Bush, George W

On Washington: Another Republican Call to Arms, but Who Will Answer?

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While Mr. McCain, who is being treated for brain cancer and has spoken bitingly of Mr. Trump in recent weeks, glowingly praised his home-state colleague for his “integrity and honor and decency,” he did not use the Senate floor to second Mr. Flake’s worrisome message of a government and nation at risk. Mr. Flake is popular with his colleagues, and his fellow Republicans quickly noted how sorry they were to hear of his decision. But none joined him publicly in urging Republicans to stand up more defiantly to the president.

Senator Mitch McConnell, Republican of Kentucky and the majority leader, credited Mr. Flake as a “team player” and man of high principle after Mr. Flake’s speech. But Mr. McConnell quickly turned the Senate floor back to a minor debate over a budget point of order.

It was a jarring transition in a day of political shocks.

In a stunning one-two assault, Mr. Corker of Tennessee, the chairman of the Foreign Relations Committee, and Mr. Flake took on the president in terms rarely, if ever, heard from members of a sitting president’s party.

Mr. Corker, who has been feuding with the man he once contemplated serving as vice president, accused Mr. Trump of serial lying and debasing the office.

Mr. Flake, who has been a persistent Trump foe since 2016, never mentioned Mr. Trump by name in his remarks. But there was no doubt who he was talking about when he pointed to the “indecency of our discourse” and the “coarseness of our leadership,” and suggested his beloved Republican Party was being complicit in an “alarming and dangerous state of affairs.”

“We must never regard as normal the regular and casual undermining of our democratic norms and ideals, we must never meekly accept the daily sundering of our country,” Mr. Flake said.

But Mr. Corker, Mr. Flake and Mr. McCain remain the outliers. Mr. Corker’s exceedingly harsh assessment of Mr. Trump — delivered in a series of morning TV interviews in a reasonable, studied tone — and Mr. Flake’s announcement and damning speech bookended what was to be the initial centerpiece of a day on Capitol Hill intended to get lawmakers and the president on the same page with a difficult tax debate looming.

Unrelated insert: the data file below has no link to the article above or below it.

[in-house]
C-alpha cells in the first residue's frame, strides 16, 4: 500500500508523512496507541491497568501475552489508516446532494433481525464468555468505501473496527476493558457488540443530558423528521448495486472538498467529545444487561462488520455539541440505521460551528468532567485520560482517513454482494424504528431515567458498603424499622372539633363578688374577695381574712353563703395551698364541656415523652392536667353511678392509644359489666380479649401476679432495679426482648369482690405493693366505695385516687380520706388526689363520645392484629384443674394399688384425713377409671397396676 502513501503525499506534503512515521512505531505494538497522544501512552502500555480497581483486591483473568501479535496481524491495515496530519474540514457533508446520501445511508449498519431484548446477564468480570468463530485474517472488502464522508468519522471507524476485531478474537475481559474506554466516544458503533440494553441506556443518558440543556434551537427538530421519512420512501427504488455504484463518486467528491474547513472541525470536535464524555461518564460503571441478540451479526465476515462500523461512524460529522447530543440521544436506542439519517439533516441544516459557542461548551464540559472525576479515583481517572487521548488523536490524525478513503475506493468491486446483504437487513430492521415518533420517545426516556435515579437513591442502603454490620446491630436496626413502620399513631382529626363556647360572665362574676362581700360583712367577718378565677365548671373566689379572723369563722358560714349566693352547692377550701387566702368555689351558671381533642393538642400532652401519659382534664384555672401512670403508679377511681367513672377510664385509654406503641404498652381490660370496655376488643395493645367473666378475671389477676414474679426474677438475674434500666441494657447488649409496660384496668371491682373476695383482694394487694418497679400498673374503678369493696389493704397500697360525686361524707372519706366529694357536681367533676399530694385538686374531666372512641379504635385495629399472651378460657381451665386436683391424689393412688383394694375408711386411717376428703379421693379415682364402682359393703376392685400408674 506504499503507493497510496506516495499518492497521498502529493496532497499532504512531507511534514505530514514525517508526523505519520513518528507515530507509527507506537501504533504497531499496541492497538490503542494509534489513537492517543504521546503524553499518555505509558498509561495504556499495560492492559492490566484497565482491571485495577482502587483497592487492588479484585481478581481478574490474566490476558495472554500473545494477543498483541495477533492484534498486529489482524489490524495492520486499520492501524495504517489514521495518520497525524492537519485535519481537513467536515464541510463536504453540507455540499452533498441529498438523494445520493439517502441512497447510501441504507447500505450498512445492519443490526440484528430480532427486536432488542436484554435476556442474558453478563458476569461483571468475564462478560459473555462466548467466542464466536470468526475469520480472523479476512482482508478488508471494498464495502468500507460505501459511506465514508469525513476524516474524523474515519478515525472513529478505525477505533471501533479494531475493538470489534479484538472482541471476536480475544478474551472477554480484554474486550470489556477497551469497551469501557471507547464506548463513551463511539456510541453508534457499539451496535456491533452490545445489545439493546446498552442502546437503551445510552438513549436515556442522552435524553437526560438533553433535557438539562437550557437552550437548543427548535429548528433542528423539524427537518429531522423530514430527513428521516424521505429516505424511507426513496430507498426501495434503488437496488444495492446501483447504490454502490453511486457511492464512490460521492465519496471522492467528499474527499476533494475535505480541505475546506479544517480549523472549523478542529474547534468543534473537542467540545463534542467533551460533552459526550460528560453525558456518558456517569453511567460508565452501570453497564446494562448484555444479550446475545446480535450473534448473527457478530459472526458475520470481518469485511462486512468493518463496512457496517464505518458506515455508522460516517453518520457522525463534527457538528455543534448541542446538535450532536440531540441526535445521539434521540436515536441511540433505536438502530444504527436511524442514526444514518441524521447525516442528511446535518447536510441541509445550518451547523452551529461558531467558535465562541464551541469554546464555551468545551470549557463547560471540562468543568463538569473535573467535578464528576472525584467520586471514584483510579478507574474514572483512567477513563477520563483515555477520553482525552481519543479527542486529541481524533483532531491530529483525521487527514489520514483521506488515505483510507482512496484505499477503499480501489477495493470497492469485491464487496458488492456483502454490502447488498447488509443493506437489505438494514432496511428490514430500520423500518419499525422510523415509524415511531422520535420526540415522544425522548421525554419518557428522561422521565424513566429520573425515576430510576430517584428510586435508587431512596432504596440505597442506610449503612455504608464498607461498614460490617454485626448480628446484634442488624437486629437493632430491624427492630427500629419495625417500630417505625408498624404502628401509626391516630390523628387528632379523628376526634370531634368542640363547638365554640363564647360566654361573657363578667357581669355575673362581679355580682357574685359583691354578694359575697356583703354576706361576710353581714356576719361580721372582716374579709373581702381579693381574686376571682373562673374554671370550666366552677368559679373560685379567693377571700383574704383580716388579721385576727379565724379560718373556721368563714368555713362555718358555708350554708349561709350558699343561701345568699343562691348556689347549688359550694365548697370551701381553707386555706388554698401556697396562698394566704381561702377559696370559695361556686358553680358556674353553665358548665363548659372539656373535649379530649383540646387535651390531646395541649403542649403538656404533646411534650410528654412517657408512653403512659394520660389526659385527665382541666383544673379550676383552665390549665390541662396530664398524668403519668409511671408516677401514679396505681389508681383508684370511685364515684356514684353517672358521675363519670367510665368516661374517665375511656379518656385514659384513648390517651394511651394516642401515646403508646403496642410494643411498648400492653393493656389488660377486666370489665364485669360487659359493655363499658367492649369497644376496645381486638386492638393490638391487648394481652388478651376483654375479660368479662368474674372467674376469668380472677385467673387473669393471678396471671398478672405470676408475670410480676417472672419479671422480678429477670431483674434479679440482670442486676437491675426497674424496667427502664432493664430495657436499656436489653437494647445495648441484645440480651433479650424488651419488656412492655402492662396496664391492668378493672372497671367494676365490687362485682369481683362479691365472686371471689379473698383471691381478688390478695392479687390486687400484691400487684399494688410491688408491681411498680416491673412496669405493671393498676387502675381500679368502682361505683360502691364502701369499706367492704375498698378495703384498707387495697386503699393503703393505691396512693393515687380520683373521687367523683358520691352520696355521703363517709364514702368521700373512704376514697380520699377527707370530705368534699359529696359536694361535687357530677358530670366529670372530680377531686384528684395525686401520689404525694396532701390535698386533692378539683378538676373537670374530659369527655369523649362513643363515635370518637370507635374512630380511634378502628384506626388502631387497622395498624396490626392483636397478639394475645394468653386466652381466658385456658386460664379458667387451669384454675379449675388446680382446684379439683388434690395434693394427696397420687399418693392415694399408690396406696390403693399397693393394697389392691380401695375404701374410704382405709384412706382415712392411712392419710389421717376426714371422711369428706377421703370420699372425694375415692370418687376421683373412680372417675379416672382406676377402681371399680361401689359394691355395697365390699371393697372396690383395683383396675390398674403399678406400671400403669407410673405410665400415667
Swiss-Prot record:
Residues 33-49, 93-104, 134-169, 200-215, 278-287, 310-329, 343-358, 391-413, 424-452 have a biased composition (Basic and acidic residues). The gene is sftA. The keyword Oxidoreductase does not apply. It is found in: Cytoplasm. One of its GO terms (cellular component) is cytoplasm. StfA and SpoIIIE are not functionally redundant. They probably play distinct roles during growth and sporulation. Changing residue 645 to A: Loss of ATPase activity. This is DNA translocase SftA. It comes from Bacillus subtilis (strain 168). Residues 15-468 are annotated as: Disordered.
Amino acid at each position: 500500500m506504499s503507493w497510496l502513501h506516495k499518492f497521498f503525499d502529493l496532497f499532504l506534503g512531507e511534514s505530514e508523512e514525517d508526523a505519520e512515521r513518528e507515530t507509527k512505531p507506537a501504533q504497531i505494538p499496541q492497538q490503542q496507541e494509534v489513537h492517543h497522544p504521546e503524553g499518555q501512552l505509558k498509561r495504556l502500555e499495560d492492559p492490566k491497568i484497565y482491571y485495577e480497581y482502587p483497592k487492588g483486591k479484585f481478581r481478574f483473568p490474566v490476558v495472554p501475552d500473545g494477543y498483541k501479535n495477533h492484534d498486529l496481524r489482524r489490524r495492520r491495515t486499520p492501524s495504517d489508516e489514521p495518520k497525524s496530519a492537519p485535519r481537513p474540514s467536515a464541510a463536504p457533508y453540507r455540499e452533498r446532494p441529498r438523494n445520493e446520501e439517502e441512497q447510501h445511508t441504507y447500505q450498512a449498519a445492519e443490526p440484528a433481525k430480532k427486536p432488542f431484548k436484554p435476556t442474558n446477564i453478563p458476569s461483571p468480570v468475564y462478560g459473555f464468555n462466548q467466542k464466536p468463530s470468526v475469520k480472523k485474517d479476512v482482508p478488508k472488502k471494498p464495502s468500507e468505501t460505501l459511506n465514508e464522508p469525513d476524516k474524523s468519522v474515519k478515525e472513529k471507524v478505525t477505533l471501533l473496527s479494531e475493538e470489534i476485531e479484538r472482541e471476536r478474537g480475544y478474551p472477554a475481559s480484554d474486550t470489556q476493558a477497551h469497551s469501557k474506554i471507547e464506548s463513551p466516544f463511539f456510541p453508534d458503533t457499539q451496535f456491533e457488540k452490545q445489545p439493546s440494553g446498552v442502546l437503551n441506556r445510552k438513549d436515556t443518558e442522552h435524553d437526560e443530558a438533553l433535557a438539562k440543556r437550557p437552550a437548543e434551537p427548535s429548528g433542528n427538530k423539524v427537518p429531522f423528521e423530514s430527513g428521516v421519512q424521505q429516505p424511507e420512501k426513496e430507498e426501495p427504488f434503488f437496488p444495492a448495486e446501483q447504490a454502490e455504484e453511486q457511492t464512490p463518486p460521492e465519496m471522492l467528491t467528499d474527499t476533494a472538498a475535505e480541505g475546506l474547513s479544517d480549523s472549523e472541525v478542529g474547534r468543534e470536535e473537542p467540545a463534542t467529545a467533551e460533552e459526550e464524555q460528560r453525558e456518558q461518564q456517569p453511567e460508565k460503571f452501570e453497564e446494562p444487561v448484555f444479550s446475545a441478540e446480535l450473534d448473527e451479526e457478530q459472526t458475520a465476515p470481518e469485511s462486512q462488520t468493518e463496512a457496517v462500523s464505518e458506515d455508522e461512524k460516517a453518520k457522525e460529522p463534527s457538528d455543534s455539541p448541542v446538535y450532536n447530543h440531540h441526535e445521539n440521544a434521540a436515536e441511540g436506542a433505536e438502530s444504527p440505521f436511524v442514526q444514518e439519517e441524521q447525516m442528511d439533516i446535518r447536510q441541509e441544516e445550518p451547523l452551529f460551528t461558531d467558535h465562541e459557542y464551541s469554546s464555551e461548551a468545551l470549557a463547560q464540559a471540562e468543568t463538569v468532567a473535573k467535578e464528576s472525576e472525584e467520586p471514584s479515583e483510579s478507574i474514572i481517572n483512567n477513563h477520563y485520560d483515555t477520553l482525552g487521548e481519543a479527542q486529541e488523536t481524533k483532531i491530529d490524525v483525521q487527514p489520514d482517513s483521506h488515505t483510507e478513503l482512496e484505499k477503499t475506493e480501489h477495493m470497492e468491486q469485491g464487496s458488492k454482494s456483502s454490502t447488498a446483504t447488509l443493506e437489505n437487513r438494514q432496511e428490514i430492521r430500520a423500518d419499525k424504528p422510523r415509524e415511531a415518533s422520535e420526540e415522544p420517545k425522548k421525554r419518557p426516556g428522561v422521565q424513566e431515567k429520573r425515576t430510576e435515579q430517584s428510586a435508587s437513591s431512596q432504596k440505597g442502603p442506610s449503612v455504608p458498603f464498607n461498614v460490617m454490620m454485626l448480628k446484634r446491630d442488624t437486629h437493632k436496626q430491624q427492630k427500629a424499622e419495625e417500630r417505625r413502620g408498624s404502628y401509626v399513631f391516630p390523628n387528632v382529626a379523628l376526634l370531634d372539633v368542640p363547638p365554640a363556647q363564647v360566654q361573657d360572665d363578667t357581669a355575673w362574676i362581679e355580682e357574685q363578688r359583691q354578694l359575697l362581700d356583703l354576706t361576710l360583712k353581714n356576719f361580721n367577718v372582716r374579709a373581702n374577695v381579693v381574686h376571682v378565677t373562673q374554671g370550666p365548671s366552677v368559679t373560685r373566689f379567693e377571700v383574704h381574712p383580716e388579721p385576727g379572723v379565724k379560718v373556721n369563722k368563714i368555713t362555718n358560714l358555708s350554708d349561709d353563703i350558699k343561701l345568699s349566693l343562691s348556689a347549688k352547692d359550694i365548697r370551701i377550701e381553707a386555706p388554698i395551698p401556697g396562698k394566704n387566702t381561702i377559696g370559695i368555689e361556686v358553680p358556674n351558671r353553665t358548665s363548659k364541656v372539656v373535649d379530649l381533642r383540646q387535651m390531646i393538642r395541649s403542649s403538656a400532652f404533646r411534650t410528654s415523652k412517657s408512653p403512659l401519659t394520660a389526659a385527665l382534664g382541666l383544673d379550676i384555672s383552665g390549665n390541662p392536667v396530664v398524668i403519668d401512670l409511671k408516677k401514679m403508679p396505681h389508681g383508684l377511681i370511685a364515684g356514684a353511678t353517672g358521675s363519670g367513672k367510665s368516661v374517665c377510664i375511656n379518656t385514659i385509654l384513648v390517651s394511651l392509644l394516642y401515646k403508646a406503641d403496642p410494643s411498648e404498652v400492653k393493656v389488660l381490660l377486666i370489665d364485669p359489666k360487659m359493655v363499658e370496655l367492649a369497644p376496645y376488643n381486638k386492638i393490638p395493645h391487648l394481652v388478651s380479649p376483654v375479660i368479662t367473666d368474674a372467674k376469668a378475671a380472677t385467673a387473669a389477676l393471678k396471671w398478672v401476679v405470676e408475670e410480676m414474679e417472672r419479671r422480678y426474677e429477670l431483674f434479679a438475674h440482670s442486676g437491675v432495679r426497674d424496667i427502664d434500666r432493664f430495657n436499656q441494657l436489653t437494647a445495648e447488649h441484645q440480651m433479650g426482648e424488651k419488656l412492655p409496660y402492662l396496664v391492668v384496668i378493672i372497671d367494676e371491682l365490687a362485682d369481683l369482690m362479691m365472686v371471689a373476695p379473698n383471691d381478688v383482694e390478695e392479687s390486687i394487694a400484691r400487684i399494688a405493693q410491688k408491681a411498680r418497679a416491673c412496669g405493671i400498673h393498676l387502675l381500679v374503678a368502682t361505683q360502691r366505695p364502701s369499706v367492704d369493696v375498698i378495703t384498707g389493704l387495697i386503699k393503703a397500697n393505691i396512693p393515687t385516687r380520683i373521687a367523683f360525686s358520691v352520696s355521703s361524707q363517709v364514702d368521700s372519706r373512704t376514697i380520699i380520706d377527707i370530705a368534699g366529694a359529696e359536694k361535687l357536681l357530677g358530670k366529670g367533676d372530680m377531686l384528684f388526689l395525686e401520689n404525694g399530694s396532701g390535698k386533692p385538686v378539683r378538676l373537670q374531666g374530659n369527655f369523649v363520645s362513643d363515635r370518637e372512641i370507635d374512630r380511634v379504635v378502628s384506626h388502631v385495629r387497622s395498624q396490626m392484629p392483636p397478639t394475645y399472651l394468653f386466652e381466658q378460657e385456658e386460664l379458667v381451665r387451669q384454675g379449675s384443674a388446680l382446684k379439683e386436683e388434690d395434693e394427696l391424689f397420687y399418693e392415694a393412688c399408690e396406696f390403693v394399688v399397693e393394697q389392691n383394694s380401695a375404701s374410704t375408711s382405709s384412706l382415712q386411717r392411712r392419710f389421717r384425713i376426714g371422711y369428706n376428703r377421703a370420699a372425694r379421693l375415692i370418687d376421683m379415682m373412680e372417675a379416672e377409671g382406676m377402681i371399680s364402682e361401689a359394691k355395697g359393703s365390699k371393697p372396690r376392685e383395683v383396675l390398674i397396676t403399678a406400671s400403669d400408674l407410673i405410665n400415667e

Mr. McConnell left his lunch with Mr. Trump and members of the caucus to emphasize the issues that bind congressional Republicans to Mr. Trump and play down the divisions underscored by Mr. Flake and Mr. Corker.

“There’s a lot of noise out there,” said Mr. McConnell, who made clear what the interests of the party are. “Tax reform is what we are about.”


Senator John McCain, who is being treated for brain cancer and has spoken bitingly of Mr. Trump in recent weeks, praised Senator Jeff Flake on Tuesday. Credit Al Drago for The New York Times

That statement defined the reluctance of other congressional Republicans to challenge Mr. Trump too directly. They have been willing to look past some actions and pronouncements by Mr. Trump that they consider beneath a president in hopes of pushing into law some of their long-sought goals, the most important of which are tax cuts. And with no substantial legislative achievements so far, the party is all in on a tax overhaul, recognizing that failure to deliver one will be a political disaster. That necessity ties them tightly to Mr. Trump, at least for now.

To be sure, there are Republicans in both the Senate and the House who are fully committed to the president and reject the views expressed by Mr. Flake or Mr. Bush, who recently expressed remorse about political “discourse degraded by casual cruelty” — an obvious reference to the Trump era in Washington.

But many others see Mr. Trump more as a means to an end, a way to enact their agenda since the president, as Mr. McConnell is fond of saying, is the only American who can sign a bill into law.

Mr. Flake’s remarks were a warning against that kind of thinking, the idea that some accomplishments — if they ever come — could compensate for the continuing upheaval and discord emanating from Washington and somehow reset the nation’s course.

“With respect and humility,” he said, “I must say that we have fooled ourselves for long enough that a pivot to governing is right around the corner, a return to civility and stability right behind it.”

Mr. Flake and Mr. Corker, along with Mr. Bush and Mr. McCain, represent significant cracks in the Republican wall of support and deference to the president despite widespread misgivings within the party. But they have nothing to lose politically. What is uncertain at this stage is whether Republicans with more at stake are going to join them in tearing down that wall.

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Wendy Pettit

Wendy Pettit is a writer for NYT and writes for other publications on her spare time. She lives in Chicago with her husband and her dog Zuko.

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